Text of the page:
Tamaki is so horrified that he throws his head back and laughs.
He laughs, and Hikaru looks at him in that way that is still weary like old, fat churches that are so, so, so full of wishes. And then Hikaru mumbles, like a child, “Don’t go.”
“Stay in Japan. Don’t live in France.”
And that’s not funny at all.
Tamaki’s throat burns. But he can’t say, I won’t.
Instead, he whispers, “God. It’s been so long.” And then Kaoru comes out, and Hikaru storms away, and he’s left looking between them like a bridge that’s stretched out too far.
That night, it rains in Florence.
It pours and batters against their window shutters. The air smells like old death and newspaper, and the world is wet, drowning, lost. Tamaki feels the enclosed space of their hotel room more than ever; it squeezes his organs and makes his knees weak.
The twins are no better. Hikaru paces like a caught tiger, and Kaoru leans back against the sofa, closes his eyes, and doesn’t move.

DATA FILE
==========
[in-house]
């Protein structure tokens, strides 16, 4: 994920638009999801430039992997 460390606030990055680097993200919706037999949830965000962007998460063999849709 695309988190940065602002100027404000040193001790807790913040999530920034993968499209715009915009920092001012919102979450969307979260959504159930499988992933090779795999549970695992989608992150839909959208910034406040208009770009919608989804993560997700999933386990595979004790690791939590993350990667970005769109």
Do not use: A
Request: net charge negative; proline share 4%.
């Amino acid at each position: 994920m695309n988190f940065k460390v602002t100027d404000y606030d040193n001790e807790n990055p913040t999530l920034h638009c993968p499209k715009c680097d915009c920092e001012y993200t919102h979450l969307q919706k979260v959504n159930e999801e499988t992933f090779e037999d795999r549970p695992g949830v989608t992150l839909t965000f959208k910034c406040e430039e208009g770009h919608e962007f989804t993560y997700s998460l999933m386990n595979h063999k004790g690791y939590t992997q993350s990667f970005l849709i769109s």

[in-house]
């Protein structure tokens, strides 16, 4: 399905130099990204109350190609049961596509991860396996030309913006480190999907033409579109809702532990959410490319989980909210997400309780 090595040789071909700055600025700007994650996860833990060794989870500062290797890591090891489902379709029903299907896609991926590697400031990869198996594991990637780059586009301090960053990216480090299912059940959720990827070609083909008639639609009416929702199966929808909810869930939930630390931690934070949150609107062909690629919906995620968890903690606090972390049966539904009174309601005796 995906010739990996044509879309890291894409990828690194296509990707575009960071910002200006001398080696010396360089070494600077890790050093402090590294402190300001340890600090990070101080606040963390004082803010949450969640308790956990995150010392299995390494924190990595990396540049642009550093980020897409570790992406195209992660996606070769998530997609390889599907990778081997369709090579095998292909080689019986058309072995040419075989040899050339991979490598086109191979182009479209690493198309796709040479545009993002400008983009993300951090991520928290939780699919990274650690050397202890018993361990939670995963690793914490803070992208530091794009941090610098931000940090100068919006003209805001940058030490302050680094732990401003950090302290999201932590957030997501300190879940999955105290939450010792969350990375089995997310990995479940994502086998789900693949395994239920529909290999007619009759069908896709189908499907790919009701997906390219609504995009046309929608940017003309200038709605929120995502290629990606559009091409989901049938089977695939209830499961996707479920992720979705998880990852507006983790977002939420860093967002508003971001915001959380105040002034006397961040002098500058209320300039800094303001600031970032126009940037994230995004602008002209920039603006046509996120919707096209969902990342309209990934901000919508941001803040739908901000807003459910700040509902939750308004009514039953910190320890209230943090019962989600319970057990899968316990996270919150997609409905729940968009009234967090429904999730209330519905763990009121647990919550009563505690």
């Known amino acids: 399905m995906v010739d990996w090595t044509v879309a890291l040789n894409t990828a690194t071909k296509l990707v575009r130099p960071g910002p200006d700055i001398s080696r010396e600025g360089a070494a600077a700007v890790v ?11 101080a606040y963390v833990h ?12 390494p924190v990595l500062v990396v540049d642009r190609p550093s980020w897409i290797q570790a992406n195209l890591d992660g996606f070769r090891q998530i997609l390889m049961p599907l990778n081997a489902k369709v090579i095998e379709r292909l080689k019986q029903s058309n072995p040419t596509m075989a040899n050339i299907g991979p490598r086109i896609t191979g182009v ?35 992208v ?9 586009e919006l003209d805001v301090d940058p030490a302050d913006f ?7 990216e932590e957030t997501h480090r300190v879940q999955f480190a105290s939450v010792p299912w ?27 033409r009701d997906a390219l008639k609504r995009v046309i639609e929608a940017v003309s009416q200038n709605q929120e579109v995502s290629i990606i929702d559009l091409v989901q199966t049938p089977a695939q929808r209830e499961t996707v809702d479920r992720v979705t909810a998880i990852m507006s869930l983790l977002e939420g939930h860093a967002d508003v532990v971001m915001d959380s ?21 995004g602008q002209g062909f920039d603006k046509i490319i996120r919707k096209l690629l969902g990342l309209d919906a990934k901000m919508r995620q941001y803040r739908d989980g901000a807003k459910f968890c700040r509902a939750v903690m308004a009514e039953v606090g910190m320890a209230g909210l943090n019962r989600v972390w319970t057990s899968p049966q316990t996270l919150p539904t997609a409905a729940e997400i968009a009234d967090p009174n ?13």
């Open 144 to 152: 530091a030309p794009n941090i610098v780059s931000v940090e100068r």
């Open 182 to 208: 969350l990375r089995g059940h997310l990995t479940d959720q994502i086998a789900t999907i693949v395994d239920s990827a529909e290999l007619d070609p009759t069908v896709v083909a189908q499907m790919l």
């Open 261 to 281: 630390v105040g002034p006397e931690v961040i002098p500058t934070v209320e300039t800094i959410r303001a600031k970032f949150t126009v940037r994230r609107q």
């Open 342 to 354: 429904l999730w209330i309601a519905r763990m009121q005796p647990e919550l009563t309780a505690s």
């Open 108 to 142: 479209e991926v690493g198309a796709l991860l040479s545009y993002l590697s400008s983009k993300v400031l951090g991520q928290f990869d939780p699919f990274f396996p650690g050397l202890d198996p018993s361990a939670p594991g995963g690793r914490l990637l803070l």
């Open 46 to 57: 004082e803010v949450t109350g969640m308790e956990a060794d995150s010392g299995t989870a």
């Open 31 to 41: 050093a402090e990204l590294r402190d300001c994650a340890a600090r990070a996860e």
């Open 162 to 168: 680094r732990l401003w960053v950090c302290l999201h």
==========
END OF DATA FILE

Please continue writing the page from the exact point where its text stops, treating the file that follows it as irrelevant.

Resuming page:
Tamaki looks at them.
They’re so hard to tell apart sometimes. And sometimes, they’re so easy. That crookedness that lingers in Hikaru, like something bent just beyond perfect. The completely reckless way his emotions color his eyes. At the end of the day, Hikaru feels and lives and rejects everything deeply. His favorites change; he is fickle. He is wild and glee-stricken when he’s happy.
He glances at Tamaki and Kaoru, and then draws back into himself. His face is dark and stormy—a reflection of the sky, only always too close.
Kaoru is like distance. It’s in the way he sits, in the way he studies you, and most of all, it’s in where he places himself in your life. If it were up to Kaoru, Hikaru and Tamaki wouldn’t be close enough to see his strain and joy. And at the same time, Kaoru can’t help but be close to things, to what he loves. Kaoru, even more than Hikaru, is the perfect contradiction. That is how Tamaki feels.
Tamaki can go to Kaoru now and curl up beside him on the sofa. When Kaoru opens his eyes, they are weary.